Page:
Horrifying Plot in ‘The Grand Hotel’ Turns into Literary Fiction


The Grand Hotel by bestselling author Scott Kenemore is a mind-bending thriller full of fascination and passion. More than just genre fiction, Kenemore echoes his predecessors Bram Stoker and Mary Shelley as his work moves away from simple gruesomeness and into literary fiction. Shown through Kenemore’s rich characterizations and resounding themes, The Grand Hotel is undoubtedly a work with a greater intention than mere shock value.

Inspired by The Twenty-Five Tales of Genius, the novel is told as a kind of adventure. The main narrator is the hotel receptionist who begins the story by recounting how visitors often arrive at the Grand Hotel. It slowly slides from a generic group of visitors to a very particular group of visitors, those the reader will follow throughout the novel. The receptionist always wants to take visitors on a tour of the hotel, and that’s precisely what he convinces this group to do.

At each of the destinations the receptionist takes visitors, there is a permanent resident with a story to share. These stories are filled with horror, death, and often misguided actions on the part of the narrator as well as the characters in the story. Each story is deeply unique, but each leans towards the supernatural and the strange.

With each stop, the tour loses more and more guests. Often a guest will decide to stay with a resident that they find particularly interesting and whose history they are particularly fond of. As the group continues and begins to dwindle, a red-haired girl of about twelve years old begins to stand out to the receptionist. The receptionist is very intrigued by the girl’s intelligence and insight and decides to play a game with her. He asks her a question about every story the band hears and challenges her to answer correctly or he threatens to end the tour. Each question tends to revolve around the character’s morality, and the clerk is continually shocked by the girl’s insightful answers.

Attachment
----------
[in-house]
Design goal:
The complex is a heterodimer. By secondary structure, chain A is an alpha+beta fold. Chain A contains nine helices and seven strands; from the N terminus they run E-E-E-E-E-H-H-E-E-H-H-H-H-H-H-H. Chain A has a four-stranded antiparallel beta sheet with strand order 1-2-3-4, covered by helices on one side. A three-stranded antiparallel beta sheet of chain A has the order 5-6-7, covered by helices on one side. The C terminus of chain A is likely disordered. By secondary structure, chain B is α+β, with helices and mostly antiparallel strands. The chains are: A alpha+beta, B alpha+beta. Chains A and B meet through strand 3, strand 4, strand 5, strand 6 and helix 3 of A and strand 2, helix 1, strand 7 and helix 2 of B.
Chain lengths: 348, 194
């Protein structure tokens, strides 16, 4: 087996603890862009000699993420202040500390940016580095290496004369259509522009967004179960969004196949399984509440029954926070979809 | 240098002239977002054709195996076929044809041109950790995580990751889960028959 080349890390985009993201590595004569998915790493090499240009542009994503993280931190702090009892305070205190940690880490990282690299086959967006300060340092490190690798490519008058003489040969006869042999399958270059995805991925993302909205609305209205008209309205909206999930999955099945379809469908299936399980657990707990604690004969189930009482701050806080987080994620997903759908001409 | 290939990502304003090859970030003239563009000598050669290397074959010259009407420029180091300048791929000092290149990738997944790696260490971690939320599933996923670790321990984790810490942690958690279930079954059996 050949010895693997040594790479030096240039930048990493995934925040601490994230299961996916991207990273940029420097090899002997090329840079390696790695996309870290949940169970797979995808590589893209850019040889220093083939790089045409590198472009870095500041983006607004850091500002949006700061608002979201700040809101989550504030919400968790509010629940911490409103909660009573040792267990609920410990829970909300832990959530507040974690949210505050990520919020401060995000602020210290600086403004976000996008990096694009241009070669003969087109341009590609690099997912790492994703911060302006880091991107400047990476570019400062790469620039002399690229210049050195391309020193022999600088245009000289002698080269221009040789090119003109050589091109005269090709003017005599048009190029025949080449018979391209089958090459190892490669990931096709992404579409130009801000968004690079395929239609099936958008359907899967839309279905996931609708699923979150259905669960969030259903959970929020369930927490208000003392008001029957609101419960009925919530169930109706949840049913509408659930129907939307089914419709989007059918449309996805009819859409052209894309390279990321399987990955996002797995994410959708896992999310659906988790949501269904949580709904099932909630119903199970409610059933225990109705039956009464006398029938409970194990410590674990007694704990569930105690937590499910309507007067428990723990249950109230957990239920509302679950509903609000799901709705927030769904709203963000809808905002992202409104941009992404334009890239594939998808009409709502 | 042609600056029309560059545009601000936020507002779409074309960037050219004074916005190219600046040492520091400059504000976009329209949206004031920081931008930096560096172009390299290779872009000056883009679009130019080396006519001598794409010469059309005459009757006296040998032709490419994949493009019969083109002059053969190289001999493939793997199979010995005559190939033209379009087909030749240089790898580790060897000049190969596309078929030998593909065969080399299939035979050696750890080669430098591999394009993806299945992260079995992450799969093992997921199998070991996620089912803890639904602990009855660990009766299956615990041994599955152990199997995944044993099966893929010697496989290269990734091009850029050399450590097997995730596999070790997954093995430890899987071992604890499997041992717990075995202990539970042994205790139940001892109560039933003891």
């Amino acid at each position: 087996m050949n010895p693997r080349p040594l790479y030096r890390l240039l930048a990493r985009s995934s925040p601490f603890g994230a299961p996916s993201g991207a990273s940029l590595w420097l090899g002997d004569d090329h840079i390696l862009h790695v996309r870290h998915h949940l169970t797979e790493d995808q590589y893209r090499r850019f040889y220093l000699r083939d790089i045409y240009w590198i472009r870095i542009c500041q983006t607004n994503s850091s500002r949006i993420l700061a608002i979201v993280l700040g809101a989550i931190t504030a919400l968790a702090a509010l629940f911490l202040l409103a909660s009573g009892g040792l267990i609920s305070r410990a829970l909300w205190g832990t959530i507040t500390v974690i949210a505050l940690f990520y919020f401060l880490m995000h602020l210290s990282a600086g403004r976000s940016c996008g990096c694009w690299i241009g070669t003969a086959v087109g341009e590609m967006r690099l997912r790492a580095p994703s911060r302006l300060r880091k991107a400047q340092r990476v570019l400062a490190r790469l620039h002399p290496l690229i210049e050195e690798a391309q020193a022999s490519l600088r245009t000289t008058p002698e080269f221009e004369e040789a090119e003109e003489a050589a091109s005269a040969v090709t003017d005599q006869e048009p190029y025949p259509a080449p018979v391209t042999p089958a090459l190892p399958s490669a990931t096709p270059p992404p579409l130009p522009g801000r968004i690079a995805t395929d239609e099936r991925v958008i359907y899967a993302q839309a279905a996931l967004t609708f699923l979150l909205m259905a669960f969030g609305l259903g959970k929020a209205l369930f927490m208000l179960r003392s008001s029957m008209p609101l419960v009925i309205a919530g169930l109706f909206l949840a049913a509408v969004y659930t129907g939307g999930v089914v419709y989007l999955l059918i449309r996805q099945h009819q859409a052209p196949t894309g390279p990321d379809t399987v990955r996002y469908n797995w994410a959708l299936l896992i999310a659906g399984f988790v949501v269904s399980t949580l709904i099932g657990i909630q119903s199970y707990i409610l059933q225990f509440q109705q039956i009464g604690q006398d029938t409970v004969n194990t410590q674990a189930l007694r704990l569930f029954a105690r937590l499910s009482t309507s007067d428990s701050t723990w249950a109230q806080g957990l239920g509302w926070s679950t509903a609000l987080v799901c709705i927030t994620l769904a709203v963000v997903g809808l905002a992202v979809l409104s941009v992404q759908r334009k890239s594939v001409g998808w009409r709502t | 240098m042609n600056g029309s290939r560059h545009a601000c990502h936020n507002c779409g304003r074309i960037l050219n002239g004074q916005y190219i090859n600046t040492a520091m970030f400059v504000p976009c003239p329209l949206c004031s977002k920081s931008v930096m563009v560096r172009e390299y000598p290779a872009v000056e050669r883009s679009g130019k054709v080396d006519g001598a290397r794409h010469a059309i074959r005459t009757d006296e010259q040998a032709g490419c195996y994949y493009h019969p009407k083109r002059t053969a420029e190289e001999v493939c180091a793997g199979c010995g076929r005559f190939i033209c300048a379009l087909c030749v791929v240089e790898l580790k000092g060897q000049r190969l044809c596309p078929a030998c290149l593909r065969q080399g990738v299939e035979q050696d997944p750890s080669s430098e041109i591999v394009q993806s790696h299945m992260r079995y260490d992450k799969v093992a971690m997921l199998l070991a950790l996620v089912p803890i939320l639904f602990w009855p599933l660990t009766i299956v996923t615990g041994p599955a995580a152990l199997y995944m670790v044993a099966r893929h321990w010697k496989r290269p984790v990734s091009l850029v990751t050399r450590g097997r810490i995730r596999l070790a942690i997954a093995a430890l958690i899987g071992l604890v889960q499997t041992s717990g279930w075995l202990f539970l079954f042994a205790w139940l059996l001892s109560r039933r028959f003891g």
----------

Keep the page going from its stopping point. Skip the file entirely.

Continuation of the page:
At its end, the book plunges into an extremely unforeseen abyss and turns the whole story upside down. It’s not just what “happens” in the book, but rather the moral turn of the story that is endearing and a bit heart-wrenching. Kenemore’s novel is not only well-written, original, and beautifully presented, but it is deeply insightful and leaves readers with a deep sense of compassion.

Published by Skyhorse/Talos Press, the book will be available for purchase on October 14.

Don’t miss Kenemore at City Lit Books on October 31 as he discusses his latest novel on Halloween night.


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